“We believe that hard work will pay off, and we apply the same kind of philosophy to the business that if we can work harder, increase your productivity, the business will benefit. But we have to also strike a balance for our staff on work-life balance,” said Mr Tan.

Some have argued that the toil needed to be a hawker or a stallowner has also led to the current labour crunch, since younger Singaporeans are seen as unwilling to work in such industries.

Mr Tan agreed that the labour crunch is at the root of the issue: “It is hard work, but we will have succeeded if we can encourage more people to develop passion to go into food… This has to be a concerted effort by the Government and the industry to think of how to attract people in.”

He thinks technology can help ease labour woes.

At Funan’s Kopitech, the company forked out S$500,000 to build an automated ordering kiosk system that accepts cashless payments, including cryptocurrency. Instead of buying and paying for food at each stall, customers can pick their meal at centralised kiosks and wait for their queue number to be displayed on screens placed around the food court.

Mr Tan said the system is a first for Kopitiam, and will serve as a testbed to see how consumers and stallowners react to a tech solution that could reduce the need for a worker to take orders and collect cash payments.

It is not the first time that Mr Tan has turned to technology for a solution. In 2004, he mooted the idea of the Kopitiam stored value card to allow stallowners to focus on food preparation, rather than fumble with changing money. Kopitiam has issued 2.5 million of these cards ever since.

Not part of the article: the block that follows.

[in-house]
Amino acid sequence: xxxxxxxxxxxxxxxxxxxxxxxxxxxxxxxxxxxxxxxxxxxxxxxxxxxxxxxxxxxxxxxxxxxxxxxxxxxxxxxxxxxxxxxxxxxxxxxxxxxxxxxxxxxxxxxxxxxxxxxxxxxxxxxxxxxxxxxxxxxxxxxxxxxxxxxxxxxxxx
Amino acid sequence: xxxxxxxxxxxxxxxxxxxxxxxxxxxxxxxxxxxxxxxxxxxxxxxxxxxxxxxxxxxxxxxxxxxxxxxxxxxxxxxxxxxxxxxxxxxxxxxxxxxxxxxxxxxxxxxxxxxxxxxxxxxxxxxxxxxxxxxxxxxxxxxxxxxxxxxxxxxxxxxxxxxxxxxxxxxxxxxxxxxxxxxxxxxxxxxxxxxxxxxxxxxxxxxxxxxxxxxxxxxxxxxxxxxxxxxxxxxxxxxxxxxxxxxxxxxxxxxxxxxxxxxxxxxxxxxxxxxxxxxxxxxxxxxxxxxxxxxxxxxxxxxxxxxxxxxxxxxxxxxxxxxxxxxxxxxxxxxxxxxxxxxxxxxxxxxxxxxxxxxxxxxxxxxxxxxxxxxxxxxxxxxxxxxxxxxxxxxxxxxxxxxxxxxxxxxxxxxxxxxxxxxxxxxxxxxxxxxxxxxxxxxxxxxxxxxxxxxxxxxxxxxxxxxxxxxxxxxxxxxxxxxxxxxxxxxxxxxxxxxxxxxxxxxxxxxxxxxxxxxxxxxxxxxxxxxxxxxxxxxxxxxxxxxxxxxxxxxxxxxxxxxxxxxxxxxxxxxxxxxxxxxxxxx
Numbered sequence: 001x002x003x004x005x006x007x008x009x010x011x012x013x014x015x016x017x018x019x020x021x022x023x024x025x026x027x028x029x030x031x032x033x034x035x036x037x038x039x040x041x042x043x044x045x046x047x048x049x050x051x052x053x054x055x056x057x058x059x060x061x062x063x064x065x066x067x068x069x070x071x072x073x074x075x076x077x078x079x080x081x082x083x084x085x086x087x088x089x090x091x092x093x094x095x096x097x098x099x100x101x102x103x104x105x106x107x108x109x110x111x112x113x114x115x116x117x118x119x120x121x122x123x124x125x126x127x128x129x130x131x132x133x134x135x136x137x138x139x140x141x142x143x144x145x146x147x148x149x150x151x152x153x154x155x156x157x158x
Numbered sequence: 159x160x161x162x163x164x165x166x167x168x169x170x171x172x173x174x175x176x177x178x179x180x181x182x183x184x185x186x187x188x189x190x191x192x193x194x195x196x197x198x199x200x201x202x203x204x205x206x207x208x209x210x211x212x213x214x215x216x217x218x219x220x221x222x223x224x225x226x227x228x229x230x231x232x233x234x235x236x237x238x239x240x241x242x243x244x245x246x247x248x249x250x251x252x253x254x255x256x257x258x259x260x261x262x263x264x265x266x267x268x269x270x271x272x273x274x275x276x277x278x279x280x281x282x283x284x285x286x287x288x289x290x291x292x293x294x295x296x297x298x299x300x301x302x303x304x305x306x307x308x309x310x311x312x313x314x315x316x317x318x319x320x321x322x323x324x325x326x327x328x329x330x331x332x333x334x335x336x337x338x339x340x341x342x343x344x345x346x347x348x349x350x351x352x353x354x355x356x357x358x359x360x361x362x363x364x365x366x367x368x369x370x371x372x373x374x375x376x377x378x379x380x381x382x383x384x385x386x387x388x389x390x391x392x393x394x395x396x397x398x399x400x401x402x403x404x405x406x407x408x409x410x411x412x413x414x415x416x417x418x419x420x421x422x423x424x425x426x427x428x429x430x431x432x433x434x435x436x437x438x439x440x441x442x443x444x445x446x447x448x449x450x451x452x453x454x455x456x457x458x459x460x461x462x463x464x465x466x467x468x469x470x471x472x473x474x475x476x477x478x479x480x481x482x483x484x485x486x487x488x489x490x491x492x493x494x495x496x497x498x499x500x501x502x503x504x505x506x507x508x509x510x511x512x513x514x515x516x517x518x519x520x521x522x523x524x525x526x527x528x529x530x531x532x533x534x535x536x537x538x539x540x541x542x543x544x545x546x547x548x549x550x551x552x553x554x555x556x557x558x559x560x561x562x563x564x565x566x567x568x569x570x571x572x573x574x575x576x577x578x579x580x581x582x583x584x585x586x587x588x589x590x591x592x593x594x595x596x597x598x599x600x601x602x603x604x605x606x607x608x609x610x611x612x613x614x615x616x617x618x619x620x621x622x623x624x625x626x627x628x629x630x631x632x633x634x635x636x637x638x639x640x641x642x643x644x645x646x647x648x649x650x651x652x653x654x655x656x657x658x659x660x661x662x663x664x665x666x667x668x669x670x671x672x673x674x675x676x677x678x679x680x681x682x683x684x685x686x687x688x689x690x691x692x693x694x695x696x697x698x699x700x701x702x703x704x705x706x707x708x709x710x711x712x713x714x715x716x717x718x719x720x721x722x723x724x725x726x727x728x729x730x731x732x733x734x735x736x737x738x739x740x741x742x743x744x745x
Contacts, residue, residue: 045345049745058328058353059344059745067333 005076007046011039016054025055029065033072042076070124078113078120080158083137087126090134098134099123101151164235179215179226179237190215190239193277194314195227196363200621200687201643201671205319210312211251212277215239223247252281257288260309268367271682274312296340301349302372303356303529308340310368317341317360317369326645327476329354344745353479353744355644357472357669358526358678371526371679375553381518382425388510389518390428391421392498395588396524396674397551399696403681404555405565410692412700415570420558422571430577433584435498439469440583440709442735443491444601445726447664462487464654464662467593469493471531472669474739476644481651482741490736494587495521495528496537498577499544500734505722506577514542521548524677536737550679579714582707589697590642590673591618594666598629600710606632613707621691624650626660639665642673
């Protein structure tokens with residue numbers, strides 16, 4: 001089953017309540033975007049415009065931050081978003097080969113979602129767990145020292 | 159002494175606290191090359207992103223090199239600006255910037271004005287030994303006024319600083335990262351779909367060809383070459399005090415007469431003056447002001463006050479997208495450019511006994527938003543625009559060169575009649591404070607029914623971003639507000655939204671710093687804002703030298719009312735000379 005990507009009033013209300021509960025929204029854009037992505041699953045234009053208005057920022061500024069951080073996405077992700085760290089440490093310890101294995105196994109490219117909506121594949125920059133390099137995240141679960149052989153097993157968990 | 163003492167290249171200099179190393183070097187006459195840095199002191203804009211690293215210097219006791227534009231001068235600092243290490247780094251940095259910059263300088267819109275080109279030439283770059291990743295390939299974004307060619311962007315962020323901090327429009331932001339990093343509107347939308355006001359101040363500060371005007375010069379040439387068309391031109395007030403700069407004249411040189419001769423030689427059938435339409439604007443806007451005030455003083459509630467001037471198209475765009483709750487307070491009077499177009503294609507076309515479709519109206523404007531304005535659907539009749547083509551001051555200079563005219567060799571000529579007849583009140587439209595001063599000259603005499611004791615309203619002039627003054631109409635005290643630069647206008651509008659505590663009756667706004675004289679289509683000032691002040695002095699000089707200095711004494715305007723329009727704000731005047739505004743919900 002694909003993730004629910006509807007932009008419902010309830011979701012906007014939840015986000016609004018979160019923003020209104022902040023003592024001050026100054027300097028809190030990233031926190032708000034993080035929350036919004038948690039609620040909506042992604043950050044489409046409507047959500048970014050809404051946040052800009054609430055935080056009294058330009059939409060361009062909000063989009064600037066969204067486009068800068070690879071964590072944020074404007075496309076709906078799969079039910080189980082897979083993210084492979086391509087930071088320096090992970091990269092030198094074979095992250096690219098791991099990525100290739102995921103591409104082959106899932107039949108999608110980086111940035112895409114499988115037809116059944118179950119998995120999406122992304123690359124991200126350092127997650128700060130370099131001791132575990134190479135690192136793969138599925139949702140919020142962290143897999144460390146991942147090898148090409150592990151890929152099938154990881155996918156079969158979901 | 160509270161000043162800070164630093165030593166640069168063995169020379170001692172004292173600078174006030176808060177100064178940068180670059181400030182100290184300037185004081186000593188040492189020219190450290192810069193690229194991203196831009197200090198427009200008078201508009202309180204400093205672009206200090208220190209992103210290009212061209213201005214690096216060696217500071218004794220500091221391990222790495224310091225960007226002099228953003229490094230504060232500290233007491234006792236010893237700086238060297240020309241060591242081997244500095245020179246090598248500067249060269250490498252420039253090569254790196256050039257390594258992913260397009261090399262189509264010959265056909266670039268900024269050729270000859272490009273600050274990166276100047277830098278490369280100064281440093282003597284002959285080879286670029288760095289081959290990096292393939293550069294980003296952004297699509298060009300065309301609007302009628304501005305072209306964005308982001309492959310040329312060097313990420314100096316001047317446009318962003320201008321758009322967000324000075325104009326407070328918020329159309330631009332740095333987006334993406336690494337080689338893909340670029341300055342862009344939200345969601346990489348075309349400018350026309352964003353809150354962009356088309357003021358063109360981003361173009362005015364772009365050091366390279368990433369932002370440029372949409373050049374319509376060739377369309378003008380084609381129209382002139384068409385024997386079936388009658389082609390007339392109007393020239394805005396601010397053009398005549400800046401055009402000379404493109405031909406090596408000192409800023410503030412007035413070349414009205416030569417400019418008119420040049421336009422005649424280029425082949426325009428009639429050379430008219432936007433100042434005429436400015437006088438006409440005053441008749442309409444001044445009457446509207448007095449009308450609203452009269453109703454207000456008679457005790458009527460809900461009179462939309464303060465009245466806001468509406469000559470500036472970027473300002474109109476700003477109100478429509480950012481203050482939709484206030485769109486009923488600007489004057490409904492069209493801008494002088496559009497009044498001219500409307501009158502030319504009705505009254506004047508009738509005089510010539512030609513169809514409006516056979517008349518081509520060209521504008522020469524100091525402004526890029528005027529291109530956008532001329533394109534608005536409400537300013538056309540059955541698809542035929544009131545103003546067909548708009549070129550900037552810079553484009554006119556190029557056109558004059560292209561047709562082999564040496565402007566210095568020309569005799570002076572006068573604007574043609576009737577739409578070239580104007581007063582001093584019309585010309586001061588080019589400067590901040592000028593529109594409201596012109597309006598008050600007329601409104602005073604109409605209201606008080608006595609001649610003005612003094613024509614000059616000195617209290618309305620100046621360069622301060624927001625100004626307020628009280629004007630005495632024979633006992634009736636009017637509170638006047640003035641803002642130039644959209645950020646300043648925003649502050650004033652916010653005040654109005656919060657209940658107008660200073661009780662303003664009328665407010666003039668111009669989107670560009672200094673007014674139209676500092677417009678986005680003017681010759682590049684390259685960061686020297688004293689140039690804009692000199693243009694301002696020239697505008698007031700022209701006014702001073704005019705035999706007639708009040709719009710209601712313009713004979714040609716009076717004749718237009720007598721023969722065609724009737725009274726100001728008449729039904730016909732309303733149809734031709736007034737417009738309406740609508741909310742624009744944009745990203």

He said: “We have to think of ways and means to overcome the labour shortage… Because there are surely people who are very passionate in food and this is what they want to do.”


Read more at https://www.todayonline.com/singapore/after-ntucs-buyout-new-kopitiam-boss-wants-keep-food-costs-low-use-tech-solve-labour-woes

 

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Posted (edited)
41 minutes ago, The_King said:

Mr Tan agreed that the labour crunch is at the root of the issue: “It is hard work, but we will have succeeded if we can encourage more people to develop passion to go into food… This has to be a concerted effort by the Government and the industry to think of how to attract people in.”

He thinks technology can help ease labour woes.

wahahahaha

redwire-singapore-ntuc-foodfare-bread-to

 

very high tech advanced cutting edge technology to solve labour crunch!!

TOAST YOUR OWN BREAD! SELF SERVICE!!

At Blk 361 Sembawang Crescent

http://redwiretimes.com/singapore-in-brief/same-price-but-now-ownself-toast-own-bread-at-ntuc-foodfare-kopitiam/

Edited by absoluthell
  • Haha 2

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1 hour ago, The_King said:

they better dont charge me GST since there no service provided